Vermont Governor Vetoes Legalization, But Still Wants “Path Forward”
So close, but so far away. Vermont Governor Phil Scott has tossed a bill back to the Legislature that would have legalized cannabis if he had signed it.
So close, but so far away. Vermont Governor Phil Scott has tossed a bill back to the Legislature that would have legalized cannabis if he had signed it, or even if he had just done nothing at all. The move sets up more work for the summer and fall before any path to recreational legalization opens again.
“We can all work together”
Gov. Scott specified a handful of changes that would need to be made for him to support the measure and said he believes the legislature has time to incorporate them and enact a revised version during the summer veto session.
The governor said he wasn’t “philosophically opposed” to cannabis, suggesting there is still a “path forward” for Vermont legalization, reports the Burlington Free Press,
As I look at this matter, I generally look at it through the lens of a libertarian. With that libertarian streak in me, I believe that what individuals do behind closed doors, and on their own personal property, is their choice, so long as it doesn’t negatively impact the health and safety of others.
More specifically, as I have said repeatedly, throughout the campaign and this session, we should know how we will detect and measure impairment on our highways, fund and implement additional substance abuse prevention education, keep our children safe and penalize those who do not, and measure how legalization impacts the mental health and substance abuse issues our communities are already facing.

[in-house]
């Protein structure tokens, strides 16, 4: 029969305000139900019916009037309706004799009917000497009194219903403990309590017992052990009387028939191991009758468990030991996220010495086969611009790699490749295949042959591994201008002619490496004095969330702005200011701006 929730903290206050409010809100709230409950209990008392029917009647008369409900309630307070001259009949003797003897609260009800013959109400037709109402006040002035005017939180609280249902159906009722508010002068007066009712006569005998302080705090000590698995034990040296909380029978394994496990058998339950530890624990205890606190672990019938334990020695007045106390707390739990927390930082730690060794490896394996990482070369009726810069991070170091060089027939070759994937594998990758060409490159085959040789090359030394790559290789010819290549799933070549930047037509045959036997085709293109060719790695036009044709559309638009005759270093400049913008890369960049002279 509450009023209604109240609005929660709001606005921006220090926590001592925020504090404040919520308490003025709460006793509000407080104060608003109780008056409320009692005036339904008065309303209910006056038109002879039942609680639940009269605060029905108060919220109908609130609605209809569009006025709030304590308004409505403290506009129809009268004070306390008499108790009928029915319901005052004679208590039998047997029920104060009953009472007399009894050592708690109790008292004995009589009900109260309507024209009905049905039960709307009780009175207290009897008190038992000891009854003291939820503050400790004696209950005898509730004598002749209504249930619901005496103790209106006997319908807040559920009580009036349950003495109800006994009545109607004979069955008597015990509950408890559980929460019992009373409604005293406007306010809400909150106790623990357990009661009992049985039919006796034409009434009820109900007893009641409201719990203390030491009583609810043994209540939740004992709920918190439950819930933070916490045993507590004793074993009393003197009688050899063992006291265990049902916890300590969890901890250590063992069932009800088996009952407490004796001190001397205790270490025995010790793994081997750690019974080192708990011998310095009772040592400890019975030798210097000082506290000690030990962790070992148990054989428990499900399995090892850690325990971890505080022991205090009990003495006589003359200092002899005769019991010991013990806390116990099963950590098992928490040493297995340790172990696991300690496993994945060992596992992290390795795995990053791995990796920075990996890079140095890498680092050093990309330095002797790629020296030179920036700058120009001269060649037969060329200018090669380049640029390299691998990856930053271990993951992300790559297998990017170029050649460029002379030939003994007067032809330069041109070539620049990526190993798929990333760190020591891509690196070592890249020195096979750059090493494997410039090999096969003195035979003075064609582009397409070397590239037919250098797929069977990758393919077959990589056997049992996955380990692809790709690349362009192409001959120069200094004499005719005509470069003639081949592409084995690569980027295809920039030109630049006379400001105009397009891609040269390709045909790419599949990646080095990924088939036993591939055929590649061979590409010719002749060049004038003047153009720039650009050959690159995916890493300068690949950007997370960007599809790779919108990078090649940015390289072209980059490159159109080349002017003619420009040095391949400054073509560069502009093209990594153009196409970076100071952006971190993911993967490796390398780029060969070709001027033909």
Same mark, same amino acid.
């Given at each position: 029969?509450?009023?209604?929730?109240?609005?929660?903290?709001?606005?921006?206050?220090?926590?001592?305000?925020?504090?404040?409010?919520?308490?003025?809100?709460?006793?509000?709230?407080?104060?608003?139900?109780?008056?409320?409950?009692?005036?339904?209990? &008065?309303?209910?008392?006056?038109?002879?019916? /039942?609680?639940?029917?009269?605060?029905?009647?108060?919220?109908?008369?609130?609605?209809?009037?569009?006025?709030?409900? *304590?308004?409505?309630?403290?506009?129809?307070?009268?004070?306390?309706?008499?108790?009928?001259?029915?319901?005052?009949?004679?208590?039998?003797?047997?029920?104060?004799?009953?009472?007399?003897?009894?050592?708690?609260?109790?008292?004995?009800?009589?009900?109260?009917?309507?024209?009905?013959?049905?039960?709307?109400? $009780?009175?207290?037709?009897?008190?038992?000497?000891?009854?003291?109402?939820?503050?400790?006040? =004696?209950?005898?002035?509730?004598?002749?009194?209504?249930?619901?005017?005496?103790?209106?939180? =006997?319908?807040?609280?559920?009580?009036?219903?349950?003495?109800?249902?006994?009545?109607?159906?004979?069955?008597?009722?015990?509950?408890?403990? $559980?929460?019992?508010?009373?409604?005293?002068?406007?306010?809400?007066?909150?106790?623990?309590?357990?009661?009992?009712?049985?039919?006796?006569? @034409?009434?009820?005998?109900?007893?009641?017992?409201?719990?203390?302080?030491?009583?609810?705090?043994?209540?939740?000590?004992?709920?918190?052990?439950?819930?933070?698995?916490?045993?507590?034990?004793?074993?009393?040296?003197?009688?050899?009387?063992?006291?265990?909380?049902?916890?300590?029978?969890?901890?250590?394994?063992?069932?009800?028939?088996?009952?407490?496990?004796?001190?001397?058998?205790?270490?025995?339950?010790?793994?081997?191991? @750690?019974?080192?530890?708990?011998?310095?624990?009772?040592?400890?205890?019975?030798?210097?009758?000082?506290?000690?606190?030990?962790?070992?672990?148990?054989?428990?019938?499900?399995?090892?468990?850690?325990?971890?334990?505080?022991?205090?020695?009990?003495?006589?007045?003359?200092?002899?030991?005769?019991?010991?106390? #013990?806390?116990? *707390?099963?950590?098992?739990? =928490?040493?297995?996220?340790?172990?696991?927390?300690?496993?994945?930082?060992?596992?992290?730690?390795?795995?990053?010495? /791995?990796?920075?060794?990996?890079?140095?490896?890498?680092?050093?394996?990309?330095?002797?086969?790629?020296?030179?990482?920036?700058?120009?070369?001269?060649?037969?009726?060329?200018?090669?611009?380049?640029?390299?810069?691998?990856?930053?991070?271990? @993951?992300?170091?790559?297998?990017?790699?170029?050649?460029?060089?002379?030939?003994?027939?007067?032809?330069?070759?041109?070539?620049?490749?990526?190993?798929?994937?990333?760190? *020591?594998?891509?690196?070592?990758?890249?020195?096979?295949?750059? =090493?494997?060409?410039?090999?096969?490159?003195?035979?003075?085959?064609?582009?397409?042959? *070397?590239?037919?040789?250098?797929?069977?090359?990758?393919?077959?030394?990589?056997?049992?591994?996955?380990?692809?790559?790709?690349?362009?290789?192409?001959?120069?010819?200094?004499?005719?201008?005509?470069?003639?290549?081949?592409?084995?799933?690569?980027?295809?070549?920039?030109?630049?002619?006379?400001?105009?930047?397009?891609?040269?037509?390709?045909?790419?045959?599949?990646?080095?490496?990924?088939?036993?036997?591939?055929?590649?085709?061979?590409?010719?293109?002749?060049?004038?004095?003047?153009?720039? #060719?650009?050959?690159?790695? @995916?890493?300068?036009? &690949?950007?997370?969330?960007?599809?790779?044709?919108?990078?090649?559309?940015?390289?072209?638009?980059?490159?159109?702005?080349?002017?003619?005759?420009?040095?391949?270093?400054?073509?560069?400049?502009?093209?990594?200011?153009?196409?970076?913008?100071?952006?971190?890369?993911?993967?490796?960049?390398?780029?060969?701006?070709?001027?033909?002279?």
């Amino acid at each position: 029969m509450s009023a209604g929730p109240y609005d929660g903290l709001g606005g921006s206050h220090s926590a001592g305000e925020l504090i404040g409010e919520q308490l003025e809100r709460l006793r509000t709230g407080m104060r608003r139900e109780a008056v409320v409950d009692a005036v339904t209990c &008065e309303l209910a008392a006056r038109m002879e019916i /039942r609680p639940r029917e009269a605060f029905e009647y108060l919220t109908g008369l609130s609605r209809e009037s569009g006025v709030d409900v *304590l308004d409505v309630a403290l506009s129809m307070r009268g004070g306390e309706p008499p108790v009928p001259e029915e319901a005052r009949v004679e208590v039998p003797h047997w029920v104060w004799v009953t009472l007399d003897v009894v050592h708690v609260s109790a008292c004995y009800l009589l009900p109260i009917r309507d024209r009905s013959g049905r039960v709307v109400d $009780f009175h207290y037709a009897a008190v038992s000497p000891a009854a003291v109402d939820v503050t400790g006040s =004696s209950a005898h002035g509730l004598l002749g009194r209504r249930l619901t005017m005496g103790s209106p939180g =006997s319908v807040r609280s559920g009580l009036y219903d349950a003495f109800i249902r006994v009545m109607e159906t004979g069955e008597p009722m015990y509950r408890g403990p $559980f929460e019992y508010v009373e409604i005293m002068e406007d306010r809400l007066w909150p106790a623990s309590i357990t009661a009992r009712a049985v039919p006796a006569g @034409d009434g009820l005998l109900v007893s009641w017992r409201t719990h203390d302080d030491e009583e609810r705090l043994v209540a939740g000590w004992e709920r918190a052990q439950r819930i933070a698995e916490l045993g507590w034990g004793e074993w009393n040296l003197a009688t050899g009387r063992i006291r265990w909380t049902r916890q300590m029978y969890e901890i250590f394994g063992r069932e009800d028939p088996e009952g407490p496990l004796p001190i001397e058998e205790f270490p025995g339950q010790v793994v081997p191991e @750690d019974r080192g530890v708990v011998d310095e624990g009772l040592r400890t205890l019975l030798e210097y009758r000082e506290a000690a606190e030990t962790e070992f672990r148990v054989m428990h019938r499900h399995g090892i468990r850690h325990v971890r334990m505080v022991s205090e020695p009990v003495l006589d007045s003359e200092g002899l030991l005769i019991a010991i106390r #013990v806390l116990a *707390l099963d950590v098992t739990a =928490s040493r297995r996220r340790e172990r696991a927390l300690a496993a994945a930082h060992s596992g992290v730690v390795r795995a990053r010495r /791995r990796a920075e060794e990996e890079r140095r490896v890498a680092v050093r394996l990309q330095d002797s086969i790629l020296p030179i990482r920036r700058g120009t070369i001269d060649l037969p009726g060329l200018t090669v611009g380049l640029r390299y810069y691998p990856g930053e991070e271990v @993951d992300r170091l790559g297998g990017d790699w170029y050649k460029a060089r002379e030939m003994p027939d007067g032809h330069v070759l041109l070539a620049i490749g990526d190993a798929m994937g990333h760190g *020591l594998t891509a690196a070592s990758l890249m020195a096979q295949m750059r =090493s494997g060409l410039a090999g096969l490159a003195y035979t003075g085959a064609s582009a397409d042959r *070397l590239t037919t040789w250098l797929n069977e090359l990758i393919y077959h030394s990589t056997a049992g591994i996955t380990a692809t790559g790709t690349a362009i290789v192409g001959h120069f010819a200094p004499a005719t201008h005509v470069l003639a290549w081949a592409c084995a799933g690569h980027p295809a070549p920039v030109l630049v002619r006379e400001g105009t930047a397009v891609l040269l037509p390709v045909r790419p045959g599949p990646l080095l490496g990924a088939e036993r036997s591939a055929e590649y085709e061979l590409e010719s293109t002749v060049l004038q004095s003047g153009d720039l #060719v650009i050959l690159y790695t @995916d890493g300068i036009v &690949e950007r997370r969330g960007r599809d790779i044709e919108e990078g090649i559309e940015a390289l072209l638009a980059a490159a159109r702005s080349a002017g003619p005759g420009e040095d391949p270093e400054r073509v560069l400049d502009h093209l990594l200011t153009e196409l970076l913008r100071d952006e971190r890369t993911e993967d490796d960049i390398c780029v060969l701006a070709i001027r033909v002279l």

From my vantage point, S. 22 does not yet adequately address these questions. Therefore, I am returning this bill to the Legislature. I am, however, offering a path forward that takes a much more thorough look at what health, safety, and education policies are needed before Vermont moves toward a regulatory and revenue system for an adult use marijuana market
We can all work together on this issue in a thoughtful and responsible way.
Lawmakers could theoretically override Scott’s veto, but that would take a two-thirds majority in both chambers. That would work in the Senate, which passed the bill 20-9, but not without flipping some votes in the House, which passed it more narrowly, 79-66.
Democratic Senator “frustrated”
Democratic Senator Christopher Pearson, who supported the bill, is frustrated with Gov. Scott’s veto and skeptical that any compromise is possible next month.
I wonder what working with the governor looks like because he’s frankly not shown any evidence of working together with the Legislature in the traditional sense…. His idea of working together is to lay down an edict and walk away when we’re not 100 percent in lock step.
The next chance to legalize would come when lawmakers return for their next session in January 2018.
Lt. Governor: “The Governor ignored the will of the voters”
Lt. Gov. David Zuckerman denounced Scott’s decision, saying the Governor ignored the will of the voters, reports Neliana Ferraro at VPR.
Prohibition has failed and causes approximately 100,000 Vermonters to be labeled lawbreakers.
Vermont is now lagging behind other states in the region and is missing opportunities to capture revenue from an underground market that would allow us to address highway safety, drug education and treatment, and other needed state investments to reduce the temptation of drug use.
Instead, citizens will only be allowed to grow their own weed.
When it comes to cannabis reform, state politics often matter the most.
Efforts to legalize recreational marijuana have been derailed by competing proposals and endless debate.